The Corran Ferry across Loch Linnhe
 The first of 3 bridges for today was the magnificent Ballachulish Bridge spanning the point where Lochs Linnhe and Leven meet.  

Ballachulish Bridge
 A bit further along the coast there were good views of Castle Stalker, a Clan Campbell residence, marooned on a small island at high tide. The best views were from a well-positioned cafe so naturally I took full advantage and took a break. 

Castle Stalker
 Next up was Creagan Bridge, across Loch Creran and then finally Connel Bridge, which took me out of the Highlands and back into Argyll and Bute.  

Looking back at the Connel Bridge from Dunbeg
 As I approached Oban I stopped at Dunstaffnage Castle for a quick look at one of the oldest stone castles in Scotland. Built on a promontory overlooking the Firth of Lorn it has a great strategic position and is supposedly where the Stone of Destiny was brought from Ireland (later the Stone of Scone). It was once the seat of power for the rulers of Dalriada, the ancient Gaelic Kingdom that included much of Western Scotland and a bit of Northern Ireland.  

Dunstaffnage Castle
 As I approached Oban the sun started to come out for the evening and I could have camped but I’d already booked a hostel to escape the bad weather. I drove around Oban and along the front towards Dunollie Castle, the capital of the Kingdom of Lorn and the seat of the Clan Macdougall Chief, Lord of the Isles.  

Dunollie Castle, Oban
 By the castle is a huge rock that is known as the dog stone. Folklore says this is where the Celtic mythological giant Fingal tethered his dog Bran.  

Fingal’s dog stone
 I thought Oban was quite a good looking and busy town based around a port and sheltered by islands. For the best view I walked up the hill at the back of the town to McCaig’s Tower, a circular wall built to resemble the Colosseum.  

McCaig’s Tower on the hill overlooking Oban
 A ridiculous folly but it’s a great view point to watch the sun setting over Oban Bay.  

Sun setting over Oban Bay
 The hostel I was staying in was packed and I was sharing a cramped 6-person room with 5 blokes. I definitely should have camped! I decided to go for a nice meal to forget about the cramped, smelly room that awaited and so I splashed out on a good restaurant. The thing about being in my own is that places can often just fit me in without a reservation. I got lucky at Ee-Usk on the North Pier and had a lovely seafood dinner.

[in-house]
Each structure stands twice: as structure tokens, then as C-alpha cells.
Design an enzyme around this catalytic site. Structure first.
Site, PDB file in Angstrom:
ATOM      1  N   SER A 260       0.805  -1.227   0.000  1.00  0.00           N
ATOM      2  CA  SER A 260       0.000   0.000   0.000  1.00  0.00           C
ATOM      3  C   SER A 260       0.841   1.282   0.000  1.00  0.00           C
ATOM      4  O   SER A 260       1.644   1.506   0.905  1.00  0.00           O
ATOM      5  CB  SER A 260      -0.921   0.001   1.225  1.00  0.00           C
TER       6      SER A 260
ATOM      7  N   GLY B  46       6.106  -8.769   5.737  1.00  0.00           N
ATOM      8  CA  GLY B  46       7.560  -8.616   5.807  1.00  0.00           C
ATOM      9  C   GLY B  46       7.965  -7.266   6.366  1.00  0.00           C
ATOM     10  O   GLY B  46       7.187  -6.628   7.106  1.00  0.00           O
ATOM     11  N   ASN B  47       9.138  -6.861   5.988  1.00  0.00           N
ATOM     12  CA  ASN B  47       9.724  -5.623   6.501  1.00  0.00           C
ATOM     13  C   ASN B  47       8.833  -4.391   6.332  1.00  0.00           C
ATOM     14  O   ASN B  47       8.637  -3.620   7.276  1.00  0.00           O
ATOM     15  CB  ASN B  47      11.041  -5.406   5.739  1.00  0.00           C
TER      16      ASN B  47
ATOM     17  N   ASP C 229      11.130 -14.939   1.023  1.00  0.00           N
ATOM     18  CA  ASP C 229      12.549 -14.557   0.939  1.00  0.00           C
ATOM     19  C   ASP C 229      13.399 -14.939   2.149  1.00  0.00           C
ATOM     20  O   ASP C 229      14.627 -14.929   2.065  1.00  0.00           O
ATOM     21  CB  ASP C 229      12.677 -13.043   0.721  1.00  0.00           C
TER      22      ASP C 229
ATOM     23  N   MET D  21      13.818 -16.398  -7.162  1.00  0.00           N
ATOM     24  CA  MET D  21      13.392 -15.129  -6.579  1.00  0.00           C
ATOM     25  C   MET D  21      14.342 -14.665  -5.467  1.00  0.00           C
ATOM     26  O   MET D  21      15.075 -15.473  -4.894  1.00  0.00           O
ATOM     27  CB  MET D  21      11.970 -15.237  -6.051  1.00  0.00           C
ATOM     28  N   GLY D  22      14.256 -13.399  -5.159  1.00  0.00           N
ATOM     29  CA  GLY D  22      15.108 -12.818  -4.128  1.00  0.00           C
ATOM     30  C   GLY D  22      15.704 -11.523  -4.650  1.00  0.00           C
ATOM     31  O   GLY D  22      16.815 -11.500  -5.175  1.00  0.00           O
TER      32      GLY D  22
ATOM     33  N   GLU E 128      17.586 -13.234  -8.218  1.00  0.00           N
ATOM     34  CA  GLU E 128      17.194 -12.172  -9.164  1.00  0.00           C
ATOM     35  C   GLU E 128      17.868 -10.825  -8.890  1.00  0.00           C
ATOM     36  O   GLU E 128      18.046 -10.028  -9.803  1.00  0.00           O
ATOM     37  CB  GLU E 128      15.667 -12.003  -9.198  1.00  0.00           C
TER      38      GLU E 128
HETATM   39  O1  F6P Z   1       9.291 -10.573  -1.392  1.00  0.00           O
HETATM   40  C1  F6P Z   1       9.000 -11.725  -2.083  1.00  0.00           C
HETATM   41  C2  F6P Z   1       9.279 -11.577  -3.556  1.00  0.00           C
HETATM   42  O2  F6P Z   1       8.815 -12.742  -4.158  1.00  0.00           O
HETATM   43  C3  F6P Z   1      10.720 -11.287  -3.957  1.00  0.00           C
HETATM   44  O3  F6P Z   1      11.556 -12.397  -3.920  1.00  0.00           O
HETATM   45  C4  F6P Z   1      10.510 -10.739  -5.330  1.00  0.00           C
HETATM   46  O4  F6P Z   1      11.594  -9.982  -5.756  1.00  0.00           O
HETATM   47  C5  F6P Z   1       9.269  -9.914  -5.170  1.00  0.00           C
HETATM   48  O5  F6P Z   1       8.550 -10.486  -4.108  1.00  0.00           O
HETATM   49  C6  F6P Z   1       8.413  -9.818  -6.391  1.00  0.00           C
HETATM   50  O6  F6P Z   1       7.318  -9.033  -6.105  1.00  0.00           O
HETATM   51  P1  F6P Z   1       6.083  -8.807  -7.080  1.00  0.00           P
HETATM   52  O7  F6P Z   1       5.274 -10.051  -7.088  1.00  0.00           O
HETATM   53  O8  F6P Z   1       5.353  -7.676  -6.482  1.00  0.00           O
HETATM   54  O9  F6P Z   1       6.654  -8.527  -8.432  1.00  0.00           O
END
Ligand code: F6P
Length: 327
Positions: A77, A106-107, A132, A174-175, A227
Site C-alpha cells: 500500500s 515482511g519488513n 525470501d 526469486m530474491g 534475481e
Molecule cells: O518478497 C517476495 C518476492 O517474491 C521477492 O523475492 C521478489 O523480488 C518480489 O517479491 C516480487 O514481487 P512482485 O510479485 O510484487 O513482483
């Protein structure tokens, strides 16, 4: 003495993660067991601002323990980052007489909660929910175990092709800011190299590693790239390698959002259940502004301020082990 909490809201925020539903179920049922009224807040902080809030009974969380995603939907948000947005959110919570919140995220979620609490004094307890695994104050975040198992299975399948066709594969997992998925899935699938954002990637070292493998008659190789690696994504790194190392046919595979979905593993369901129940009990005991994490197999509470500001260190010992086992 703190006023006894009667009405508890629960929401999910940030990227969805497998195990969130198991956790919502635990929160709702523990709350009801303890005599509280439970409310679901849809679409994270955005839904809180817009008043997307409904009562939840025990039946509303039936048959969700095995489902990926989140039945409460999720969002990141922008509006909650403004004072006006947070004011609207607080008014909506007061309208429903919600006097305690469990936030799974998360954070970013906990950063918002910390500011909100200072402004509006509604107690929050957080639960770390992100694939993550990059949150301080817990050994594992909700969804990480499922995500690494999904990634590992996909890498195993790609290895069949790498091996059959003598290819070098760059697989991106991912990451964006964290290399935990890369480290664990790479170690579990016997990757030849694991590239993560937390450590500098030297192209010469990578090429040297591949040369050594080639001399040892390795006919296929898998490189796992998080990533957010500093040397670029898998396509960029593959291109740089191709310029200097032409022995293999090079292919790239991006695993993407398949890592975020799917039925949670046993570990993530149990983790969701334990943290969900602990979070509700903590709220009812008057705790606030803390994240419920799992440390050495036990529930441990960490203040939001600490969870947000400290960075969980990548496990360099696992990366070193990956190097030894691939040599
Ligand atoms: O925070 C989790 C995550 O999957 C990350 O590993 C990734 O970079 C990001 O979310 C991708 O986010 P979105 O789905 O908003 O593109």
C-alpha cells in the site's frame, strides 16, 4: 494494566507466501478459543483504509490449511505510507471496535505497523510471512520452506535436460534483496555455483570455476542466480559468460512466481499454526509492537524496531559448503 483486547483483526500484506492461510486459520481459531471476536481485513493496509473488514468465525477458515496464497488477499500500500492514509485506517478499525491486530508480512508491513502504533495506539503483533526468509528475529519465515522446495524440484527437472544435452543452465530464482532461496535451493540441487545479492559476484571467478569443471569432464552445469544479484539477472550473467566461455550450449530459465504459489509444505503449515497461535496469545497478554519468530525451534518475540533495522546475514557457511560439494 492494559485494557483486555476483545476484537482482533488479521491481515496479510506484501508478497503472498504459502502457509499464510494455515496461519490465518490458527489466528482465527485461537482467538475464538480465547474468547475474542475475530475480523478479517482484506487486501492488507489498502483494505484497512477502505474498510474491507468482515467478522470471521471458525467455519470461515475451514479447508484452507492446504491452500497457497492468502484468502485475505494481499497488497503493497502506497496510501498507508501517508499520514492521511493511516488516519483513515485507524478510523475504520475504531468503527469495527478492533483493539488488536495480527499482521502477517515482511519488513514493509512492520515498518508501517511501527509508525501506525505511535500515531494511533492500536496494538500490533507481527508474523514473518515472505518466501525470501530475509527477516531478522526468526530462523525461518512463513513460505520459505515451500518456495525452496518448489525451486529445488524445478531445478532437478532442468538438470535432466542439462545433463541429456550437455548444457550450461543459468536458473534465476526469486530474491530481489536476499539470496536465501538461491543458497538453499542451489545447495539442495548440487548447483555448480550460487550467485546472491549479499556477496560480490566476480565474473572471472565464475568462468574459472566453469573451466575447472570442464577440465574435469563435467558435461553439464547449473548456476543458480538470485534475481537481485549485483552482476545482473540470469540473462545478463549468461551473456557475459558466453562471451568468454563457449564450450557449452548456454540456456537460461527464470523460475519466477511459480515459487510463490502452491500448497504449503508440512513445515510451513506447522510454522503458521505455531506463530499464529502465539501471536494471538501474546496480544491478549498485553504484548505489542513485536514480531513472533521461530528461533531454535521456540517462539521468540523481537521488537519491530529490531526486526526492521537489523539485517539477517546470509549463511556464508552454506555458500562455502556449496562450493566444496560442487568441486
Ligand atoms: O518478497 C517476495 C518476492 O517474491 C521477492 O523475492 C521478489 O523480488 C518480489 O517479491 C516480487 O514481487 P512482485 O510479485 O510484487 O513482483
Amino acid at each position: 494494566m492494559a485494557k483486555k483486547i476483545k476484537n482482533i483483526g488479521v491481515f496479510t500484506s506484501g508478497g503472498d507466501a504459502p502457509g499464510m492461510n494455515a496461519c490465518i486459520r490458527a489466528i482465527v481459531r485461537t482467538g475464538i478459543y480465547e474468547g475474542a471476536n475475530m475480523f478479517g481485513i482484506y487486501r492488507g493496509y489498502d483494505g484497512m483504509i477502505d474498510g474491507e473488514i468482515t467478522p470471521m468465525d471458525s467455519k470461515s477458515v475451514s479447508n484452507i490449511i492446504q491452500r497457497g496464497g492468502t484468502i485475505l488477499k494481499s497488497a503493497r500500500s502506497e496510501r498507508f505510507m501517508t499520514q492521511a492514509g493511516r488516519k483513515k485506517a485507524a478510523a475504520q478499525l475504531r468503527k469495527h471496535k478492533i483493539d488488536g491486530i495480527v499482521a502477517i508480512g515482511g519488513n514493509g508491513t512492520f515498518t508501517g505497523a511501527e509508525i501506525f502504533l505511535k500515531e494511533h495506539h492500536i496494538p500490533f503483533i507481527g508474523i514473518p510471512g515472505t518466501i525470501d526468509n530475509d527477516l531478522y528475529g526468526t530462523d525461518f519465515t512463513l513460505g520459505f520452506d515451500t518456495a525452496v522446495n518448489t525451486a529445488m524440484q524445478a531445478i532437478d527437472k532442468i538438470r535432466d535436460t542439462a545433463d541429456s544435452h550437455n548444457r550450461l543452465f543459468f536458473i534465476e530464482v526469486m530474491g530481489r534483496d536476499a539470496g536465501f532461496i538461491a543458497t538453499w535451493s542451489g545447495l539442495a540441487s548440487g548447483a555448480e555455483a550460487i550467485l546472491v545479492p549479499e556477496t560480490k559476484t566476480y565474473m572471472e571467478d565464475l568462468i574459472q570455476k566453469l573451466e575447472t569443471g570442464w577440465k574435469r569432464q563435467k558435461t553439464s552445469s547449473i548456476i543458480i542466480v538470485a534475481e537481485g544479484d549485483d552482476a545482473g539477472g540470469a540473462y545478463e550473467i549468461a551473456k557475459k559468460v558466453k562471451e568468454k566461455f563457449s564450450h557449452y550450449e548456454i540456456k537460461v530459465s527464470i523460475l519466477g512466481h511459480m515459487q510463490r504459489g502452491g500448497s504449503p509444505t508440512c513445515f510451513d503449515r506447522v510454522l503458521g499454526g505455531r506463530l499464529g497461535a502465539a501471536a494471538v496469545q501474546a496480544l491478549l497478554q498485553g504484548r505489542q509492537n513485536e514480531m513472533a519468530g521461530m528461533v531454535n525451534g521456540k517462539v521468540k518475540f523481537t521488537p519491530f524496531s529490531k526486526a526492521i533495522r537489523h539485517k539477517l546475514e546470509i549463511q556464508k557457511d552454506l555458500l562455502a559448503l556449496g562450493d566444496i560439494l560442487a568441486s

WEEK 18 – Craignure, Mull to Wigtown, Dumfries and Galloway


7 miles walked, ~700 miles driven

(total 1,161 miles walked)

What a big week! I covered so many miles and saw so much. I had no idea just how lovely the area around Glasgow is. The Trossachs looked stunning. And there is so much water, everywhere you look. 

water everywhere you look
This week I reached the Mull of Kintyre and the Mull of Galloway, and I got close enough to Ireland to see it across the sea. 

Mull of Kintyre
Such a wonderful week; however, I was starting to feel the need to get walking again. By the end of the week the weather was improving and I was reaching places that would be easy to walk around; they even had paths! I was also feeling the need for a break and the desire to go home. How fortuitous that having a car meant I could get home without too much added expense. 

sunset on The Rhins
I have really enjoyed seeing much of the West coast of Scotland by car – it actually worked out rather well for me. 

Day 125 Mull of Galloway and Luce Bay

Saturday 8 August 2015

Stranraer to Wigtown

Driving tour, 3 mile walk

Ali’s house, Edinburgh

I woke to a beautiful sunny day and packed up quickly to make the most of the early morning. My first stop was the Mull of Galloway, the Southern tip of The Rhins and Scotland’s most Southerly point. I parked the car and walked to the tip. Wow. It was glorious, and there was no one around so I got it all to myself – the quiet, the light, the creeping warmth of the sun. How lucky am I? 

Looking across the Ireland from Mull of Galloway
the lighthouse at the Mull of Galloway
 As I was leaving I spotted a strange round tower in a field that had steps all around it. I always have to climb these things, just for the hell of it.  
what is this?
 I began the long drive around Luce Bay (I think they named it after me). It was a lovely drive and Luce Sands looked like a lovely big beach. 

The Rhins East coastline, bordering Luce Bay
On the East side of the bay I stopped in Port William, a pretty little town full of the same terraced houses I’d seen going up the East coast of Scotland. Killantrae Burn flowed through the town and right past the old piggery and abattoir. Although no longer used for that purpose, it’s history was celebrated by filling the yard with plastic pigs. I quite liked it.  

the Old Piggery at Port William
 There was a wonderful statue of a man looking across the sea to Ireland.  

“What is this life if, full of care, We have no time to stop and stare?” W.H.Davies
 Just after Monreith I stopped to look at a memorial by the side of the road. It was an otter and celebrated the author Gavin Maxwell who was from the area and had kept pet otters. 

Gavin Maxwell’s otter
an otter with a view of Monreith Beach
At the eastern end of Luce Bay, just before Burrow Head, is St Ninian’s Cave. I parked up and walked the mile or so down Physgill Glen to a small beach with a cave at one end. This was apparently the place where Scotland’s first saint retreated to pray and reflect. It is clearly still a pilgrim site as there were many crosses, carvings and prayers on the walls. Quite an amazing place. 

St Ninian’s Cave